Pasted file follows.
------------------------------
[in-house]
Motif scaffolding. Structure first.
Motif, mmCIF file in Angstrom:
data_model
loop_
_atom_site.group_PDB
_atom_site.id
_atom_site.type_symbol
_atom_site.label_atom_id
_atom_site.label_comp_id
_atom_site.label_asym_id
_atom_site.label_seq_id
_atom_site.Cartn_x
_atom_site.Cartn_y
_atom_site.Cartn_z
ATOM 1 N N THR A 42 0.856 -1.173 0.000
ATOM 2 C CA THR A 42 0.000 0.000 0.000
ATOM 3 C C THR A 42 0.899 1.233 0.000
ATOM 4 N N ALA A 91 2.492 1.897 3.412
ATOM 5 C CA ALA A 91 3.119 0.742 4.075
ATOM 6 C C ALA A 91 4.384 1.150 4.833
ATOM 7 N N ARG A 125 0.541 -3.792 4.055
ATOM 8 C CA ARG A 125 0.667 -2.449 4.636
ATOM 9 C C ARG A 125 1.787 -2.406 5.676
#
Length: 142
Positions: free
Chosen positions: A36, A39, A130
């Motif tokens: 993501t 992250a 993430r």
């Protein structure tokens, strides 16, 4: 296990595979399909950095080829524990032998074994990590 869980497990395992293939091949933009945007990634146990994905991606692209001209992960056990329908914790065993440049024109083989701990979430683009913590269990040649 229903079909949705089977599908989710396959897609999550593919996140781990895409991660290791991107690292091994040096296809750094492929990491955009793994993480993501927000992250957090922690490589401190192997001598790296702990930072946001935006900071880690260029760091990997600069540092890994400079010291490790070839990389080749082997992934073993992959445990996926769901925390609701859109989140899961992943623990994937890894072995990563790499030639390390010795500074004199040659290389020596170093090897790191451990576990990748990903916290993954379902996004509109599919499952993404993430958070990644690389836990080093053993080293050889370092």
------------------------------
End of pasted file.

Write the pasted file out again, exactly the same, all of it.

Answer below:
[in-house]
Motif scaffolding. Structure first.
Motif, mmCIF file in Angstrom:
data_model
loop_
_atom_site.group_PDB
_atom_site.id
_atom_site.type_symbol
_atom_site.label_atom_id
_atom_site.label_comp_id
_atom_site.label_asym_id
_atom_site.label_seq_id
_atom_site.Cartn_x
_atom_site.Cartn_y
_atom_site.Cartn_z
ATOM 1 N N THR A 42 0.856 -1.173 0.000
ATOM 2 C CA THR A 42 0.000 0.000 0.000
ATOM 3 C C THR A 42 0.899 1.233 0.000
ATOM 4 N N ALA A 91 2.492 1.897 3.412
ATOM 5 C CA ALA A 91 3.119 0.742 4.075
ATOM 6 C C ALA A 91 4.384 1.150 4.833
ATOM 7 N N ARG A 125 0.541 -3.792 4.055
ATOM 8 C CA ARG A 125 0.667 -2.449 4.636
ATOM 9 C C ARG A 125 1.787 -2.406 5.676
#
Length: 142
Positions: free
Chosen positions: A36, A39, A130
């Motif tokens: 993501t 992250a 993430r």
């Protein structure tokens, strides 16, 4: 296990595979399909950095080829524990032998074994990590 869980497990395992293939091949933009945007990634146990994905991606692209001209992960056990329908914790065993440049024109083989701990979430683009913590269990040649 229903079909949705089977599908989710396959897609999550593919996140781990895409991660290791991107690292091994040096296809750094492929990491955009793994993480993501927000992250957090922690490589401190192997001598790296702990930072946001935006900071880690260029760091990997600069540092890994400079010291490790070839990389080749082997992934073993992959445990996926769901925390609701859109989140899961992943623990994937890894072995990563790499030639390390010795500074004199040659290389020596170093090897790191451990576990990748990903916290993954379902996004509109599919499952993404993430958070990644690389836990080093053993080293050889370092």